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Meet Joel Cadieux: The creator of an NHL inspired Lego Project

Many of us struggle to find ways to combine our passions, and make something creative with them. For Joel Cadieux, a man from Red Deer, Alberta this hasn’t been a challenge.

Joel discovered his love for lego remained when building with his first born son, and after realizing that he still had a passion for making art out of blocks, he decided to combine that with his love for hockey.

His projects consist of taking key moments from the lives of members of the NHL community, and recreating them as Lego sets.

The first project he began to work on was on the life of Harold Ballard, former owner of the Toronto Maple Leafs. Joel commented on this project by saying, “My mother was a Leafs fan, and growing up in the 80s she was always cursing his name as the reason the team was so bad. Then a few years ago I got my hands on a book about his life and the idea was born. I put it on Twitter not really expecting much, but a few people really enjoyed it, and asked for a season 2. Then they voted to do Peter Pocklington and that’s how they both got made”.

And the vote to do Pocklington was quite surprising, as the fans chose him over Louis Riel, Terry Fox, and Wayne Gretzky. It’s clear that Pocklington had a major impact on Canadian history, and a unique story within his career.

Starting on March 16th, Joel began to post 100 scenes, one per day of the infamous Oilers’ coach. It was a great source of entertainment for hundreds of people during COVID-19, and a creative way for him to spend his time.

Scenes of Pocklington’s life include everything from fishing trips, to games of golf, power boat races, and of course, many monumental moments in his hockey coaching career.

The Lego sets can often show a great deal of emotion with terrific camera angles, positioning of characters, and perfectly constructed scenes. Joel stated that Pocklington, “definitely had enough of an interesting life to have someone do a movie”.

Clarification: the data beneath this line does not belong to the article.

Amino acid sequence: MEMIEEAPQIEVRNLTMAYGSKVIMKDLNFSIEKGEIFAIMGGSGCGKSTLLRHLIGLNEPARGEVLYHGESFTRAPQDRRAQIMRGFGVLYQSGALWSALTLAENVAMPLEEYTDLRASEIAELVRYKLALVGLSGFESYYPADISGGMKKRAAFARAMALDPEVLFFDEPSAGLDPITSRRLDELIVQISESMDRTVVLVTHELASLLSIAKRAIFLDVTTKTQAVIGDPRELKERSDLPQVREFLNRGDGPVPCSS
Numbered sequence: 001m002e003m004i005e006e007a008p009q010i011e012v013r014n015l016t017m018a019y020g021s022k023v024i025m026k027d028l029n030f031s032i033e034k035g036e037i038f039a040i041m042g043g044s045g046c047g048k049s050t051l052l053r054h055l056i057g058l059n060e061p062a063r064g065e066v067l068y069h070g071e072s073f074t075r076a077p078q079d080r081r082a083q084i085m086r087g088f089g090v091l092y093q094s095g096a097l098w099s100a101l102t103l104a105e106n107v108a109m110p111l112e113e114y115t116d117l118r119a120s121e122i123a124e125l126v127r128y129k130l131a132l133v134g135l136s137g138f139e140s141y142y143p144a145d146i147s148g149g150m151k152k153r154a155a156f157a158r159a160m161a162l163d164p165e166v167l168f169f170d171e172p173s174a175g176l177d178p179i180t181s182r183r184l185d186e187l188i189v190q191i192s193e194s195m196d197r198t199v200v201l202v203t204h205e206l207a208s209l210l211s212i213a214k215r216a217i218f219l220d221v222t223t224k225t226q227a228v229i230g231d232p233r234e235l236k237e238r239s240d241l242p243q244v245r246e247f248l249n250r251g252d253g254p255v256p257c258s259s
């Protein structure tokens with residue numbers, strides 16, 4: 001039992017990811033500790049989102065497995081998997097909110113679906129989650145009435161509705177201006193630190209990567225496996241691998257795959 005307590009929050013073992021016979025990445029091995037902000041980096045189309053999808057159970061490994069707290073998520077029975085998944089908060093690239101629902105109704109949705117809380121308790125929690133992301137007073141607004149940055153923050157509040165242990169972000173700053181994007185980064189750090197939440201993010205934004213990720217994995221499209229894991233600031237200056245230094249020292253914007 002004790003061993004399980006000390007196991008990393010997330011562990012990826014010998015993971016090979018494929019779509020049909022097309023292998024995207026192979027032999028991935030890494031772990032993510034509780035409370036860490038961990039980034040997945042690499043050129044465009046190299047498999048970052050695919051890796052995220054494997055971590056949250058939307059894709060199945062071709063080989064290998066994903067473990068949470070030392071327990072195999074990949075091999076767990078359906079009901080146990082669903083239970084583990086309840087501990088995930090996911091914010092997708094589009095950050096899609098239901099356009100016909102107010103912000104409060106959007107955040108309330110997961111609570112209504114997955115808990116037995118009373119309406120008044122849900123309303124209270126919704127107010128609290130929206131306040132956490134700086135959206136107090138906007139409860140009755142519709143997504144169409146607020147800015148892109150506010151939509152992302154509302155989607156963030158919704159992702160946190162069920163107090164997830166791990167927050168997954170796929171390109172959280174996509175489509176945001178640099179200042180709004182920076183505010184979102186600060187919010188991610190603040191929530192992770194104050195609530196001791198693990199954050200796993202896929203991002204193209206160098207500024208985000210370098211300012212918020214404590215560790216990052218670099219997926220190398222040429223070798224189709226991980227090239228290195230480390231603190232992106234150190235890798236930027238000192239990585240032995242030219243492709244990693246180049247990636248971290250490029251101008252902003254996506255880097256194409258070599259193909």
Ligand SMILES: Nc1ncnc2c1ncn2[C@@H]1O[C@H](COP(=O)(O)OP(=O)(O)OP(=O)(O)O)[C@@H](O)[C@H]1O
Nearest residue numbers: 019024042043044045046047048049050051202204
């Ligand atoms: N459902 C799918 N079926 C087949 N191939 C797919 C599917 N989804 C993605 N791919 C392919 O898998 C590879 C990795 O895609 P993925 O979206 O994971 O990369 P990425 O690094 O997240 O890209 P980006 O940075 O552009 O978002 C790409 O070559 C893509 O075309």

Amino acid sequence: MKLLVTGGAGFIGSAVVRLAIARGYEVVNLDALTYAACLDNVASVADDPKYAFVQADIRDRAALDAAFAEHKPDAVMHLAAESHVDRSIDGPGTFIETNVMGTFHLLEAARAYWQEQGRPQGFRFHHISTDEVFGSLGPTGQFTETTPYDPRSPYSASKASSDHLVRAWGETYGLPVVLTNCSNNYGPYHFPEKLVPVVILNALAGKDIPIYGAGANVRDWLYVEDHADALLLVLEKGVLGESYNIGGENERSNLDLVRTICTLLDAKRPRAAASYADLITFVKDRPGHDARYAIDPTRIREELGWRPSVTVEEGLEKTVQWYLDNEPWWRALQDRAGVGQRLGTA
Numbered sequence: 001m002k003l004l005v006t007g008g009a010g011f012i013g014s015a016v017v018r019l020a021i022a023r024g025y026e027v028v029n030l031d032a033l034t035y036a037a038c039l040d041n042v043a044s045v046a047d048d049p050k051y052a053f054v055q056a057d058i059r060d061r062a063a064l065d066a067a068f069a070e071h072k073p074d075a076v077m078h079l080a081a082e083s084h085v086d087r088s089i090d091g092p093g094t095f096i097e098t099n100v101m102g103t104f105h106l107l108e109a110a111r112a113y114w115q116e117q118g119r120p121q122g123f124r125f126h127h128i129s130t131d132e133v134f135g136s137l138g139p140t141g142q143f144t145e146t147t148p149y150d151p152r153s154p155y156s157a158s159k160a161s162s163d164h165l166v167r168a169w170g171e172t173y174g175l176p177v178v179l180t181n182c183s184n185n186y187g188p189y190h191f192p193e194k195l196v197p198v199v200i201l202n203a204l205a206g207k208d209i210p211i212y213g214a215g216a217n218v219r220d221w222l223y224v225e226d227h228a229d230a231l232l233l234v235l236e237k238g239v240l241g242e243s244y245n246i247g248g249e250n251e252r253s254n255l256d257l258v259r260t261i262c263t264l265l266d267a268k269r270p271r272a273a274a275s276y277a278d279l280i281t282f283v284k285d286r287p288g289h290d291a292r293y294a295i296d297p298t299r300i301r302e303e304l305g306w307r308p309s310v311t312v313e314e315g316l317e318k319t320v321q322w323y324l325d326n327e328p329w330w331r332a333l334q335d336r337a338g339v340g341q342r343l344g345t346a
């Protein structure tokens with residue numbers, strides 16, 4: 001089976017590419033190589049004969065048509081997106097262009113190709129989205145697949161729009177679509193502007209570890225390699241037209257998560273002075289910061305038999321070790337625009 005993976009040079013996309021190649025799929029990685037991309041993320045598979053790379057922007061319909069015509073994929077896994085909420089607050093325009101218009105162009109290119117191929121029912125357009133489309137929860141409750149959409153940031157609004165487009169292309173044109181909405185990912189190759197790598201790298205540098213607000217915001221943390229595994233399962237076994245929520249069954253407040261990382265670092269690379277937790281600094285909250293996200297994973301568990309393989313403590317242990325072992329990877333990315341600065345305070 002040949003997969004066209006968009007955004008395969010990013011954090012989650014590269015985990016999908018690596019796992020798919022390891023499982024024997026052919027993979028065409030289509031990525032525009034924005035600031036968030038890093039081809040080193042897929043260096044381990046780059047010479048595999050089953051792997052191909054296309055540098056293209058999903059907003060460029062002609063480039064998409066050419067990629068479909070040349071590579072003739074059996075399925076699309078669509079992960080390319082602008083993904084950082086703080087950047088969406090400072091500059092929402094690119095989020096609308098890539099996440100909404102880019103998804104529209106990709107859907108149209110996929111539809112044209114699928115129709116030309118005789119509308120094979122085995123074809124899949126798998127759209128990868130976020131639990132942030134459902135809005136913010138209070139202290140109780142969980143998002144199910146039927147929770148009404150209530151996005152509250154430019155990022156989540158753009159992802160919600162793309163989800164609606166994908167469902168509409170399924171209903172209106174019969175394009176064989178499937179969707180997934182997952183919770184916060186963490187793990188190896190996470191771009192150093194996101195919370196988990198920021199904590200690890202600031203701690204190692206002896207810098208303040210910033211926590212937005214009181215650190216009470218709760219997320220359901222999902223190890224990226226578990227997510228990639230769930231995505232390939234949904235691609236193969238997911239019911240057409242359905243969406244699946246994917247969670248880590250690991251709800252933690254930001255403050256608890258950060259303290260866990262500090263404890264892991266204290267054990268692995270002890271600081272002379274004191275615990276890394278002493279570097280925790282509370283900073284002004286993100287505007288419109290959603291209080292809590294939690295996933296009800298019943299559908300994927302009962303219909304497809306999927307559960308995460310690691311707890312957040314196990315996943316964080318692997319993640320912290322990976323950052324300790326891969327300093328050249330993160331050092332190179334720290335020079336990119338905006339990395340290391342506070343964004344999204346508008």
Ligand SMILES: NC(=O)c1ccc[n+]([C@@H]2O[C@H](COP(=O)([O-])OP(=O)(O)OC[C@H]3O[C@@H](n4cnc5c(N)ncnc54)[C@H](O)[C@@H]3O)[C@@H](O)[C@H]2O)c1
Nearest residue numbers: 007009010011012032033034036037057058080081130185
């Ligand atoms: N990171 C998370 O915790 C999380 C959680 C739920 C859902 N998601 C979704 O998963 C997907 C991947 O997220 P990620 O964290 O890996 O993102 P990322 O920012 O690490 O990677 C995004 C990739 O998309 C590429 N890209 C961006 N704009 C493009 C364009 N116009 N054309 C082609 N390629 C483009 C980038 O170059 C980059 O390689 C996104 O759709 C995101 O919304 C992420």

While Joel’s work may not be a high-budget movie, even Pocklington himself commented on the Lego scenes in an article from The Globe and Mail, “I love it. I am smiling”.

For Joel it was as simple as taking something that was enjoyable for him and putting it out there for others to see. And people in the Twitter (and Instagram) world have loved it!

While his work appeals to a certain crowd of people, the people who are tuned into his work are very supportive and love what he does. In an interview with CTV news, he said, “There’s a small crowd that really, really loves it...they love seeing it, that makes it worthwhile for me to do it.”

His favourite moments to recreate have been the ones that tell the stories of the Edmonton Oilers, his favourite hockey team. He also rather enjoys depicting moments where the Toronto Maple Leafs perform poorly, “As someone who isn’t a fan of the Leafs”.

Joel is currently working on another episode series of Lego sets, this one dubbed #whastories. His fans eagerly await this new installment in the series!

When asked if he would like to see more NHL history reflected in the education curriculum, he responded, “we should have more Canadian content in the social studies curriculum, but I’m not sure they would feature the two guys I did”.

While Pocklington and Ballard may not be ideal candidates for history classes, bringing important moments in Canadian sports history to classrooms would definitely be entertaining for students. And what better way to engage students by using something they can relate to, like Lego!

Joel’s method of communicating Canadian history is unique, but very fun and engaging for both him and the viewers. Each set can take a couple hours to complete, but none of them disappoint.

It’s truly inspiring to see someone take the time out of their day to bring smiles to the faces of others. If you would like to check out Joel’s work, click here for his Instagram, and here for his Twitter page.

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